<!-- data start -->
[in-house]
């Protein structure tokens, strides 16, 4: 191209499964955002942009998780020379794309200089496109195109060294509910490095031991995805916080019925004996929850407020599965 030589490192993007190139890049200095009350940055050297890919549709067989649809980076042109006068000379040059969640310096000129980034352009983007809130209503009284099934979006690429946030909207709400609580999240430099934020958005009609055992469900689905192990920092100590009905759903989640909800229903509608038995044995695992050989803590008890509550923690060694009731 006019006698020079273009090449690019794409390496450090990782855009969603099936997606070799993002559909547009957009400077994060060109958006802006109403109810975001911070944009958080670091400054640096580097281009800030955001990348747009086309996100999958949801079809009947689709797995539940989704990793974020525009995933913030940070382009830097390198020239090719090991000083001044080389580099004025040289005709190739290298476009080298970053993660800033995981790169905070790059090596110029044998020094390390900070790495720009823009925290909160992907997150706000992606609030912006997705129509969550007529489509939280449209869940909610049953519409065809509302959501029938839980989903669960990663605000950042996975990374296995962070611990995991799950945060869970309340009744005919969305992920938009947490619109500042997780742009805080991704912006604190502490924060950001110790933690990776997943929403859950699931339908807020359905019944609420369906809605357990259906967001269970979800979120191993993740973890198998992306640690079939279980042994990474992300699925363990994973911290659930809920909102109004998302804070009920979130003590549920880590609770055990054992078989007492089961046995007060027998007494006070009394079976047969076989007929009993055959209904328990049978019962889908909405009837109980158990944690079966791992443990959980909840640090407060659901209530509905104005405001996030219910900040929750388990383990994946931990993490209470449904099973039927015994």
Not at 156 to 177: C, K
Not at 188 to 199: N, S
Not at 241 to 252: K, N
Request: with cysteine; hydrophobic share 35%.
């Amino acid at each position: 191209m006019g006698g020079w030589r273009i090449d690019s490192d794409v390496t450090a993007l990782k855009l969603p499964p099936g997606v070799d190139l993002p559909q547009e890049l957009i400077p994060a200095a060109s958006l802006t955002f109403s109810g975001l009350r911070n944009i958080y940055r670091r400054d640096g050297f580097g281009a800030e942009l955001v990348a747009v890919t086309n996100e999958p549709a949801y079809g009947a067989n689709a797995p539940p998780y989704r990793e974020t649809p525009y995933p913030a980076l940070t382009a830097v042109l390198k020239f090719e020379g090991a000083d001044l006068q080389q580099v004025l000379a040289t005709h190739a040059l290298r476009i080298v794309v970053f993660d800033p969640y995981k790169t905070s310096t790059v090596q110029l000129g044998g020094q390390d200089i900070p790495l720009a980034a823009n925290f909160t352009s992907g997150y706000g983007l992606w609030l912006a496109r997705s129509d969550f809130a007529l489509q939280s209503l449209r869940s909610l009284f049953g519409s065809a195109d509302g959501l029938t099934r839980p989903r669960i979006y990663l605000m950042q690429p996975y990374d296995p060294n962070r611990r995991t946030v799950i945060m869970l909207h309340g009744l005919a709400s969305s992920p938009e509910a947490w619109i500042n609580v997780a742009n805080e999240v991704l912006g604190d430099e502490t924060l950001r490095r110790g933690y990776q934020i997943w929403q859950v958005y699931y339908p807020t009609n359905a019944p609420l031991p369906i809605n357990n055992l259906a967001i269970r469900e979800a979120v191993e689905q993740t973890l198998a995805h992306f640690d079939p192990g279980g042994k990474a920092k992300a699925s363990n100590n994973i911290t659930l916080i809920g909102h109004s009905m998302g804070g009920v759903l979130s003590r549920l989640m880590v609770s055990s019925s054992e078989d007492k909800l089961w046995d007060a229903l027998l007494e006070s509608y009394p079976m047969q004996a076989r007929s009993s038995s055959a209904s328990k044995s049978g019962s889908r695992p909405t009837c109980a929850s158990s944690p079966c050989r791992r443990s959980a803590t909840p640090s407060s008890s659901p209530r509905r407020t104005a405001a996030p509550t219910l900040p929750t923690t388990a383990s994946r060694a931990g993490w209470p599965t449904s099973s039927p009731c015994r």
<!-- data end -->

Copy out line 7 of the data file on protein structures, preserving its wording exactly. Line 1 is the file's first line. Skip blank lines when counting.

């Amino acid at each position: 191209m006019g006698g020079w030589r273009i090449d690019s490192d794409v390496t450090a993007l990782k855009l969603p499964p099936g997606v070799d190139l993002p559909q547009e890049l957009i400077p994060a200095a060109s958006l802006t955002f109403s109810g975001l009350r911070n944009i958080y940055r670091r400054d640096g050297f580097g281009a800030e942009l955001v990348a747009v890919t086309n996100e999958p549709a949801y079809g009947a067989n689709a797995p539940p998780y989704r990793e974020t649809p525009y995933p913030a980076l940070t382009a830097v042109l390198k020239f090719e020379g090991a000083d001044l006068q080389q580099v004025l000379a040289t005709h190739a040059l290298r476009i080298v794309v970053f993660d800033p969640y995981k790169t905070s310096t790059v090596q110029l000129g044998g020094q390390d200089i900070p790495l720009a980034a823009n925290f909160t352009s992907g997150y706000g983007l992606w609030l912006a496109r997705s129509d969550f809130a007529l489509q939280s209503l449209r869940s909610l009284f049953g519409s065809a195109d509302g959501l029938t099934r839980p989903r669960i979006y990663l605000m950042q690429p996975y990374d296995p060294n962070r611990r995991t946030v799950i945060m869970l909207h309340g009744l005919a709400s969305s992920p938009e509910a947490w619109i500042n609580v997780a742009n805080e999240v991704l912006g604190d430099e502490t924060l950001r490095r110790g933690y990776q934020i997943w929403q859950v958005y699931y339908p807020t009609n359905a019944p609420l031991p369906i809605n357990n055992l259906a967001i269970r469900e979800a979120v191993e689905q993740t973890l198998a995805h992306f640690d079939p192990g279980g042994k990474a920092k992300a699925s363990n100590n994973i911290t659930l916080i809920g909102h109004s009905m998302g804070g009920v759903l979130s003590r549920l989640m880590v609770s055990s019925s054992e078989d007492k909800l089961w046995d007060a229903l027998l007494e006070s509608y009394p079976m047969q004996a076989r007929s009993s038995s055959a209904s328990k044995s049978g019962s889908r695992p909405t009837c109980a929850s158990s944690p079966c050989r791992r443990s959980a803590t909840p640090s407060s008890s659901p209530r509905r407020t104005a405001a996030p509550t219910l900040p929750t923690t388990a383990s994946r060694a931990g993490w209470p599965t449904s099973s039927p009731c015994r």